Terrace slabs - which ones are suitable?

The advice in the building materials markets is often insufficient when it comes to patio slabs. Whether laying with joints or without is often almost a question of faith. In addition, you have to choose between coated and uncoated panels.

Is a joint necessary between the panels?

That depends on the subsoil. An absolutely level surface, such as a concrete floor slab, cannot work. Therefore, the panels cannot move and you don't necessarily need a joint.

  • Also read - Laying granite terrace slabs
  • Also read - laying patterns for terrace slabs - an overview
  • Also Read - Reasonable Price for Concrete Terrace Slabs

However, if the terrace slabs are laid on the ground and embedded in gravel, the floor can work. Especially when there is frost, there is movement in the plates. If they were laid here without a joint, they could be pressed against each other and thus break or flake off at the edges.

Coated or uncoated - which is better?

Coated panels are naturally more expensive. However, there is also less need to clean and these plates must not be cleaned with a high-pressure cleaner anyway.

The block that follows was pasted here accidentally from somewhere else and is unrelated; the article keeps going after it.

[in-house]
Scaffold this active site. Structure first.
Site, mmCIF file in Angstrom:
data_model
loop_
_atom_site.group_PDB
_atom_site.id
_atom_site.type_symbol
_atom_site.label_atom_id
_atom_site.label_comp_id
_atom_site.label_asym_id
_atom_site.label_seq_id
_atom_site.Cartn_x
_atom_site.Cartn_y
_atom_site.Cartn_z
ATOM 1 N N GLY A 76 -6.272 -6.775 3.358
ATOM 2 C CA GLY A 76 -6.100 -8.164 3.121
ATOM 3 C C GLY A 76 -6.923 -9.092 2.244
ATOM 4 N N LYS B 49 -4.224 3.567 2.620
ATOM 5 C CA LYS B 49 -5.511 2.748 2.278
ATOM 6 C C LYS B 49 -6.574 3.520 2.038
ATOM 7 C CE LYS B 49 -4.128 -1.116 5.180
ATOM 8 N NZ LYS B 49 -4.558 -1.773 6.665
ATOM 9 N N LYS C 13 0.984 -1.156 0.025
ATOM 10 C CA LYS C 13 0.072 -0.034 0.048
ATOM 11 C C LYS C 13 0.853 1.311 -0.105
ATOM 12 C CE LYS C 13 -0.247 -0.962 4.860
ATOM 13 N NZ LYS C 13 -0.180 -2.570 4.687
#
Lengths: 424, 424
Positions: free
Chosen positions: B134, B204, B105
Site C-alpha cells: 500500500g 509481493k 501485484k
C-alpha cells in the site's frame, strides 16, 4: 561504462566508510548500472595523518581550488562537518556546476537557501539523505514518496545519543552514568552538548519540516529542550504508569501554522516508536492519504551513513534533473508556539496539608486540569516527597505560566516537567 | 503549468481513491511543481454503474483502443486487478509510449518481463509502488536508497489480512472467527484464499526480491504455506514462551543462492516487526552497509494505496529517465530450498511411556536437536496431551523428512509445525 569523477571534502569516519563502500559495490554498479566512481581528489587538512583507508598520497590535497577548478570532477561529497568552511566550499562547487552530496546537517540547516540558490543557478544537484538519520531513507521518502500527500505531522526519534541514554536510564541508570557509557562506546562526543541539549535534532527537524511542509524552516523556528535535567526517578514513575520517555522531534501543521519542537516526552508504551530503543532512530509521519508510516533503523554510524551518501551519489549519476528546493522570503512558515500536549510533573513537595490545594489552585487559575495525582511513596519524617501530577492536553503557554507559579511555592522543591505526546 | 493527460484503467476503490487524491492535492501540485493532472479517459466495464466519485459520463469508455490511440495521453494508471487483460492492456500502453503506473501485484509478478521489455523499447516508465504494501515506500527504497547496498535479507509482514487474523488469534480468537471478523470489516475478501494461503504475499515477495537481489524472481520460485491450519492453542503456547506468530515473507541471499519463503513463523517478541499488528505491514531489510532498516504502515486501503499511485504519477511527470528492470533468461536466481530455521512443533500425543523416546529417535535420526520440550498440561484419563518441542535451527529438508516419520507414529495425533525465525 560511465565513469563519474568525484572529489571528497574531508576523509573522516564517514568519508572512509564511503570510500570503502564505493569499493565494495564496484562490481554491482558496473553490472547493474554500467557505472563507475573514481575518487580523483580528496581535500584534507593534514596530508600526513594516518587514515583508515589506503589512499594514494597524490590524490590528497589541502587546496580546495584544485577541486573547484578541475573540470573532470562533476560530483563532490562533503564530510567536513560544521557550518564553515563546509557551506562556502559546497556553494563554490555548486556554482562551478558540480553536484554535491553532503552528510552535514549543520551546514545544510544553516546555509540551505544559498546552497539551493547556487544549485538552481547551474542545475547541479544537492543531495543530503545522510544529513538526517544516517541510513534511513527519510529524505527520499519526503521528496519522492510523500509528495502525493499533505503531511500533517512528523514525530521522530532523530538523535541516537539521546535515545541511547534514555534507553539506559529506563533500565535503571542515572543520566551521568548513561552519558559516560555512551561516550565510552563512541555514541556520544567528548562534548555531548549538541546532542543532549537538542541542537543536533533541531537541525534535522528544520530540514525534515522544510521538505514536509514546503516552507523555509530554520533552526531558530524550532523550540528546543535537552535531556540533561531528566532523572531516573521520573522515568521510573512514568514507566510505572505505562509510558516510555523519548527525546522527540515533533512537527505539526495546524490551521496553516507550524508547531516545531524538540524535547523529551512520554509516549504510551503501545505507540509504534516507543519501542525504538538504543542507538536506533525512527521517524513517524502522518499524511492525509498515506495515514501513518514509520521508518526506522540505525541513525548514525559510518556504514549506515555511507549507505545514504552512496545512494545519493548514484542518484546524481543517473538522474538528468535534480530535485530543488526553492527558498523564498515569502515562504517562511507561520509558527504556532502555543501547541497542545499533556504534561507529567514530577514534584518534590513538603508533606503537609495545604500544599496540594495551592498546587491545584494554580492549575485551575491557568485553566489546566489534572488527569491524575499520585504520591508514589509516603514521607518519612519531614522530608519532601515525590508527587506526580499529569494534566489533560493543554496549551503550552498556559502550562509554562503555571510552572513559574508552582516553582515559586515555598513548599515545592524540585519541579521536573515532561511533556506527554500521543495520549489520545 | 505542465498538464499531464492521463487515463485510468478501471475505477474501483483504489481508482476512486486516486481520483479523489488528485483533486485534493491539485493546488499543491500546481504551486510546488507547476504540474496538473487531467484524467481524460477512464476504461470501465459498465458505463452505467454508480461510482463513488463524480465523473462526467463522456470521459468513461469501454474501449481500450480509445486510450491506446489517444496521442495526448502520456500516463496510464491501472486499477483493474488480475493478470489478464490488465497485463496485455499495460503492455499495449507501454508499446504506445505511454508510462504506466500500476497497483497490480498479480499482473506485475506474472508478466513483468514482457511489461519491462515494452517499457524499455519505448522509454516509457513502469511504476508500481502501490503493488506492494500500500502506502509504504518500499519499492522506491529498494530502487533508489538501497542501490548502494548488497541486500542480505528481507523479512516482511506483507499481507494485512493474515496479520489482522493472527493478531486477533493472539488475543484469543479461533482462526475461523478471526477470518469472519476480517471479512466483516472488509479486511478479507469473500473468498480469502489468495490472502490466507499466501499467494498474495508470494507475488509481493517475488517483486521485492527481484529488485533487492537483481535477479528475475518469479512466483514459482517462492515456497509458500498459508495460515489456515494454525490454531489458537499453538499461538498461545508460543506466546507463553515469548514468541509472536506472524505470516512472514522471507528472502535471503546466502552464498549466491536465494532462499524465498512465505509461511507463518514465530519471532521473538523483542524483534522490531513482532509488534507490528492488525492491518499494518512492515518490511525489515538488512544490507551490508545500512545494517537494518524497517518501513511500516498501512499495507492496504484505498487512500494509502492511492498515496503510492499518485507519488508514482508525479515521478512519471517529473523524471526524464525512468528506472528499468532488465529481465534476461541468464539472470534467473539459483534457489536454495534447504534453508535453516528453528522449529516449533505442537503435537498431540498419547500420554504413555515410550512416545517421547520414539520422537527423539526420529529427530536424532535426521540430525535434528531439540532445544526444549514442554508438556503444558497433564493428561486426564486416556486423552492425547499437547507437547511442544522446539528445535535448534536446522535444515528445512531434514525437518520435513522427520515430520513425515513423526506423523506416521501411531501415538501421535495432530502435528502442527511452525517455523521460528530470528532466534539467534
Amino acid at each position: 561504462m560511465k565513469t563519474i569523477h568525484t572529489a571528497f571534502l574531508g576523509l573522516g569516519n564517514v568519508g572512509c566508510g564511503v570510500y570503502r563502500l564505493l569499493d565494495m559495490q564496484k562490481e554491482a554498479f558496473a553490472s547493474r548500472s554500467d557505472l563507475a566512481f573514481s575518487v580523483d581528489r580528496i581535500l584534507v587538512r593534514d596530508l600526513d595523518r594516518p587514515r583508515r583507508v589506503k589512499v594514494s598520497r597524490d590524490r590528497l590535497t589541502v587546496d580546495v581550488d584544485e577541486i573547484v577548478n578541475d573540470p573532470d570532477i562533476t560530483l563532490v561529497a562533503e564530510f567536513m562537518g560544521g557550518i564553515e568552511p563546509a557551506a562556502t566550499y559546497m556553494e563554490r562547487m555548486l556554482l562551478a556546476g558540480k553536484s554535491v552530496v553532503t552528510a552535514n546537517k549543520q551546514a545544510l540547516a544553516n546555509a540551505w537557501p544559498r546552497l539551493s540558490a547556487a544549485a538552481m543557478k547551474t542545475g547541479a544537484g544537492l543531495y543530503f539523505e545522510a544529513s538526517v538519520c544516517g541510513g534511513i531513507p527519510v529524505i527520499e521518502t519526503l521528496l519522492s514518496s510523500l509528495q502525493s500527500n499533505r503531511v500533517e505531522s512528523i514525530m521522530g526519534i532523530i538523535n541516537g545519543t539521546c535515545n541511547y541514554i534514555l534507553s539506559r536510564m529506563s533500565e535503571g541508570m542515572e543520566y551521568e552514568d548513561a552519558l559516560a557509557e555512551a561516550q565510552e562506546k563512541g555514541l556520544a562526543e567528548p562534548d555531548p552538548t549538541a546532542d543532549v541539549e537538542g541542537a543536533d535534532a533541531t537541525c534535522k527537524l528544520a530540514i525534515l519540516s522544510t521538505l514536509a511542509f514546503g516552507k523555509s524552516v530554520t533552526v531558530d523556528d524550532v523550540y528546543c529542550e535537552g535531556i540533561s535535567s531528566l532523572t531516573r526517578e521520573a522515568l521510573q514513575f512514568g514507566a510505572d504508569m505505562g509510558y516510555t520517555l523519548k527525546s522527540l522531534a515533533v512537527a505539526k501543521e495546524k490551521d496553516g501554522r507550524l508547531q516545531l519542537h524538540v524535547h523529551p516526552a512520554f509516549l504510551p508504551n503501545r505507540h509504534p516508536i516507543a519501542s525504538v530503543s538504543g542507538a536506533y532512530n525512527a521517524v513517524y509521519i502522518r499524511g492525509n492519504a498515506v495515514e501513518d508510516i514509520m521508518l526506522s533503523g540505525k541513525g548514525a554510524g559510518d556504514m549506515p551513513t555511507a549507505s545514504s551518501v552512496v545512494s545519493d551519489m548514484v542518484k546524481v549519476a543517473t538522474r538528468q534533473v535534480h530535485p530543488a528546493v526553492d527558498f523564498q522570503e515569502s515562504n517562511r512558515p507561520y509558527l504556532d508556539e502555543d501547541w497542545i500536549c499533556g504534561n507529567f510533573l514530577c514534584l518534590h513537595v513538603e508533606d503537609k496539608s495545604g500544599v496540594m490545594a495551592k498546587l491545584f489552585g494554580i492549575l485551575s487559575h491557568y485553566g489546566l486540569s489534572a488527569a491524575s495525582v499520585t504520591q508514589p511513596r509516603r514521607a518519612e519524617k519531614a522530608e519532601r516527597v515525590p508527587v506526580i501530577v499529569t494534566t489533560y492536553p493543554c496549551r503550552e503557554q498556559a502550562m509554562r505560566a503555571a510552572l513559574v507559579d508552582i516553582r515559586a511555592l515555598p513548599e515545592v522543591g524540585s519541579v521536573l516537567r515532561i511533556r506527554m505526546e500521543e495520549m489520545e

Depending on which type of coating is selected, the terrace slab can also be a little more slippery. The risk of slipping due to moisture on coated panels can be significantly increased.

Points to be decided for selection

  • Coating of the panels desired?
  • Joints required between the individual panels?
  • On which sub-surface can the respective panels be laid?
  • How high is the build-up strength that is possible on site?
Tips & Tricks If you already have a concrete slab in front of the living room windows, you have to pay attention to the construction height. There should still be space for some gravel under the panels, otherwise you would have to glue them to the substrate.Most patio slabs are about two inches high, so check to see if you can even accommodate that height plus about two inches of grit.